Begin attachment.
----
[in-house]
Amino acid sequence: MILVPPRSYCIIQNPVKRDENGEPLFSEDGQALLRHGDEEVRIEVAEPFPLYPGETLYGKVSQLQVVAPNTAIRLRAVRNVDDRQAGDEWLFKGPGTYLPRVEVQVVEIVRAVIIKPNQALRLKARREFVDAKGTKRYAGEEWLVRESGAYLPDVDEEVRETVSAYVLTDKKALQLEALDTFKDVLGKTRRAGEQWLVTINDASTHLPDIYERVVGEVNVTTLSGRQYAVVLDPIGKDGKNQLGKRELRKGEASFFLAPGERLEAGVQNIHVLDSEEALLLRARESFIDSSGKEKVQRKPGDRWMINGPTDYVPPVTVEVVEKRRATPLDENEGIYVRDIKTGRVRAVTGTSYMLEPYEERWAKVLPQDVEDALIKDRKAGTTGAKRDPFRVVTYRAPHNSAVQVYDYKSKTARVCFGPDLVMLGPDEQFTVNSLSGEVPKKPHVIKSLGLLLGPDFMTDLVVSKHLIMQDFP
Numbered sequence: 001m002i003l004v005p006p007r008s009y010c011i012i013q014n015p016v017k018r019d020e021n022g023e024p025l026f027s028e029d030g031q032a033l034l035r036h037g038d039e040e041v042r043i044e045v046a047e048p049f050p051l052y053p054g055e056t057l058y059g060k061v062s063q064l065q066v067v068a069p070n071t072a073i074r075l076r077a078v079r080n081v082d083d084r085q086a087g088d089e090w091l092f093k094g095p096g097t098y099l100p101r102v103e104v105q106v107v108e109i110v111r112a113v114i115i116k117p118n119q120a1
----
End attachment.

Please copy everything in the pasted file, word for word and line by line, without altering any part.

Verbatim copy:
[in-house]
Amino acid sequence: MILVPPRSYCIIQNPVKRDENGEPLFSEDGQALLRHGDEEVRIEVAEPFPLYPGETLYGKVSQLQVVAPNTAIRLRAVRNVDDRQAGDEWLFKGPGTYLPRVEVQVVEIVRAVIIKPNQALRLKARREFVDAKGTKRYAGEEWLVRESGAYLPDVDEEVRETVSAYVLTDKKALQLEALDTFKDVLGKTRRAGEQWLVTINDASTHLPDIYERVVGEVNVTTLSGRQYAVVLDPIGKDGKNQLGKRELRKGEASFFLAPGERLEAGVQNIHVLDSEEALLLRARESFIDSSGKEKVQRKPGDRWMINGPTDYVPPVTVEVVEKRRATPLDENEGIYVRDIKTGRVRAVTGTSYMLEPYEERWAKVLPQDVEDALIKDRKAGTTGAKRDPFRVVTYRAPHNSAVQVYDYKSKTARVCFGPDLVMLGPDEQFTVNSLSGEVPKKPHVIKSLGLLLGPDFMTDLVVSKHLIMQDFP
Numbered sequence: 001m002i003l004v005p006p007r008s009y010c011i012i013q014n015p016v017k018r019d020e021n022g023e024p025l026f027s028e029d030g031q032a033l034l035r036h037g038d039e040e041v042r043i044e045v046a047e048p049f050p051l052y053p054g055e056t057l058y059g060k061v062s063q064l065q066v067v068a069p070n071t072a073i074r075l076r077a078v079r080n081v082d083d084r085q086a087g088d089e090w091l092f093k094g095p096g097t098y099l100p101r102v103e104v105q106v107v108e109i110v111r112a113v114i115i116k117p118n119q120a1